Testosterone is the major androgen in circulation in male humans, produced primarily in the Leydig cells of the testis. Biosynthesis of testosterone from cholesterol occurs via a series of enzymatic reactions. Testosterone may be further metabolized into a more potent androgen, dihydrotestosterone. In recent years an alternate pathway of dihydrotestosterone biosynthesis without using testosterone as a precursor has emerged. Majority of classically studied effects of androgens are thought to be mediated via nuclear receptor-dependent long-term transcriptional effects, but there also exist membrane receptor-based effects of androgens which are being uncovered from recent studies that may explain rapid effects of androgens in many cases. In this chapter we are describing the biosynthesis, mechanism of action, and therapeutic effects of testosterone and related androgens.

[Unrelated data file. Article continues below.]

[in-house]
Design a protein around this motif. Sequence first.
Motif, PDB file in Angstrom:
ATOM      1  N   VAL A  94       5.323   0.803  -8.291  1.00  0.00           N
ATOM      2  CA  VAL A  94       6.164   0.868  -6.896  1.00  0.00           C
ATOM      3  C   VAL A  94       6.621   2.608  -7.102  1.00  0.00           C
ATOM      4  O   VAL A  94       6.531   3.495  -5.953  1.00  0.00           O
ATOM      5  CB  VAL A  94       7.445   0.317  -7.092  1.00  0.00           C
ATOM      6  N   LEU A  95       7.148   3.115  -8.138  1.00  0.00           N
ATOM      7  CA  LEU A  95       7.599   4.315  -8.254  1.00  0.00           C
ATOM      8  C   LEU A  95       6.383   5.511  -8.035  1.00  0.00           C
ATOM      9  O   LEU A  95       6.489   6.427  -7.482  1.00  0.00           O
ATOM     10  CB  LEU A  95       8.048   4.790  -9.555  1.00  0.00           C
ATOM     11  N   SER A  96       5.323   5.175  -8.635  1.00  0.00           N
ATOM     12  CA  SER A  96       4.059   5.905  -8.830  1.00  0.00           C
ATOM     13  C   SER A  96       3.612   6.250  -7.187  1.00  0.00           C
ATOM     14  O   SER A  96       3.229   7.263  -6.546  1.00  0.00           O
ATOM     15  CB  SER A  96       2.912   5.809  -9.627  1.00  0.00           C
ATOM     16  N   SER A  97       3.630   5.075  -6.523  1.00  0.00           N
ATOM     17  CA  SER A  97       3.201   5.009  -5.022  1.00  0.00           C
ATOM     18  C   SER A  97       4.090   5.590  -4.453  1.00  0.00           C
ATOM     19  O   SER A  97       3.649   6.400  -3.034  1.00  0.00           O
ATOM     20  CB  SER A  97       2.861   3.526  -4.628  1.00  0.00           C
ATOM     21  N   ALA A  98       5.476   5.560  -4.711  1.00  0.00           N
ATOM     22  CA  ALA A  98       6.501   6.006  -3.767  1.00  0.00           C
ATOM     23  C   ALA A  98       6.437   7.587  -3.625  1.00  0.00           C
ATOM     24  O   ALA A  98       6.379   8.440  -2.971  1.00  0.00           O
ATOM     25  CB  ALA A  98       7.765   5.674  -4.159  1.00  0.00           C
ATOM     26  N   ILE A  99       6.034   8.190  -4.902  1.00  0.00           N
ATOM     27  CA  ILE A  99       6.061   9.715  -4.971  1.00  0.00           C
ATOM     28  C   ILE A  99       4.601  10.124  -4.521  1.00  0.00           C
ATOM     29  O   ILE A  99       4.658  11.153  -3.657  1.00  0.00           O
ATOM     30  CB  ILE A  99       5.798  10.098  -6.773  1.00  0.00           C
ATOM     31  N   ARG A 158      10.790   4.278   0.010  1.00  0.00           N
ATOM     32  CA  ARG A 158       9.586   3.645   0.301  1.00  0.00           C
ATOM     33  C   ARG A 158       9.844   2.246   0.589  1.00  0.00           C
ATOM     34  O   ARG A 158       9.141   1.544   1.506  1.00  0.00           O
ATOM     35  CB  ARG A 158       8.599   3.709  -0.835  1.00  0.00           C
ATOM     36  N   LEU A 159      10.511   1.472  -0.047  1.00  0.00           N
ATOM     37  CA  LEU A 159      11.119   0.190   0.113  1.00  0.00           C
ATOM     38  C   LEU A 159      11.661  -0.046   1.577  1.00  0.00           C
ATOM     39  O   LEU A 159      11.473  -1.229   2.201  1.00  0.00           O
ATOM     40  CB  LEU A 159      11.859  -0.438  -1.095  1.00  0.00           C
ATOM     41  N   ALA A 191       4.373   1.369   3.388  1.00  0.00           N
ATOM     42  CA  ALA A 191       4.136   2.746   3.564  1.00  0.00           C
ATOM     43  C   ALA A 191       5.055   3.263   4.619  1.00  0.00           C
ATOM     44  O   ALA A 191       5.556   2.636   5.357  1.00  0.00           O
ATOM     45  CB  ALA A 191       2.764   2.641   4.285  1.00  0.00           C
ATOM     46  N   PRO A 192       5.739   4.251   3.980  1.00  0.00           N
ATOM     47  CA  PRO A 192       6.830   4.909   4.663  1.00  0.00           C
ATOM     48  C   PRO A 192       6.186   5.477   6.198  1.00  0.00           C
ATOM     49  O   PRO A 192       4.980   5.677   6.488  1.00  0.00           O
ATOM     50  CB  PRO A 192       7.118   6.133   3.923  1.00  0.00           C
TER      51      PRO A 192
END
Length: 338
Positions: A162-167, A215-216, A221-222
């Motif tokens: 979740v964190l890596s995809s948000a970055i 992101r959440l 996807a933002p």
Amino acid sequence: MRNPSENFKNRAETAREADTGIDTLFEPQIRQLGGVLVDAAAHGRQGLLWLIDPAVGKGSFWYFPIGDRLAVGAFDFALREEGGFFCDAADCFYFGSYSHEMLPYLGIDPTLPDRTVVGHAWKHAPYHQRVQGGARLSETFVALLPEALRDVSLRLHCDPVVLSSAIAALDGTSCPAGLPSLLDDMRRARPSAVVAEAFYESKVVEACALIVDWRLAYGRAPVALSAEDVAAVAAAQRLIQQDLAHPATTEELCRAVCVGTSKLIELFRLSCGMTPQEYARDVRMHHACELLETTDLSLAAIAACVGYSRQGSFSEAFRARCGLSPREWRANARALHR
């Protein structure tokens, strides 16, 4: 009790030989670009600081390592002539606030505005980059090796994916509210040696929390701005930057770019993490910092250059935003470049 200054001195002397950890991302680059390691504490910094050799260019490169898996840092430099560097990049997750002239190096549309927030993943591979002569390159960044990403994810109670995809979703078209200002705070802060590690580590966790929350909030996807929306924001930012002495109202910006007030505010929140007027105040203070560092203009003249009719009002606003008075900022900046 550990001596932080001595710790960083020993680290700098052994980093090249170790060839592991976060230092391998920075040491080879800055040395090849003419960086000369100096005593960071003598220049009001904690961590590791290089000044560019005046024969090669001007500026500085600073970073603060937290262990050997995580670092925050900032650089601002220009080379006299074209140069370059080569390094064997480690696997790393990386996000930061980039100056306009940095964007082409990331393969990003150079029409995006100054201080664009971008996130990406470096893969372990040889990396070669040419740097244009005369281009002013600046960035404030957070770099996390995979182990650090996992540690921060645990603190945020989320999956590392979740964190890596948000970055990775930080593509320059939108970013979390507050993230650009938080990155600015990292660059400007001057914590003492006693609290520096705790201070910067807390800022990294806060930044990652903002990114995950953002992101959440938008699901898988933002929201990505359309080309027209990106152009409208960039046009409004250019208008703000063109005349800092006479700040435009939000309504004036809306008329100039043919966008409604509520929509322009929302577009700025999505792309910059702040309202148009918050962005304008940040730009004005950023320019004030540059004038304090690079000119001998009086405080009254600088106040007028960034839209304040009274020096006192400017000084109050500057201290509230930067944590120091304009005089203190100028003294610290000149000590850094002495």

- Anabolic steroids
- Androgen receptor
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This work has been supported by the Swiss National Science Foundation grant 320030-146127.
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Flück, C.E., Pandey, A.V. (2017). Testicular Steroidogenesis. In: Simoni, M., Huhtaniemi, I. (eds) Endocrinology of the Testis and Male Reproduction. Endocrinology. Springer, Cham. https://doi.org/10.1007/978-3-319-29456-8_10-1
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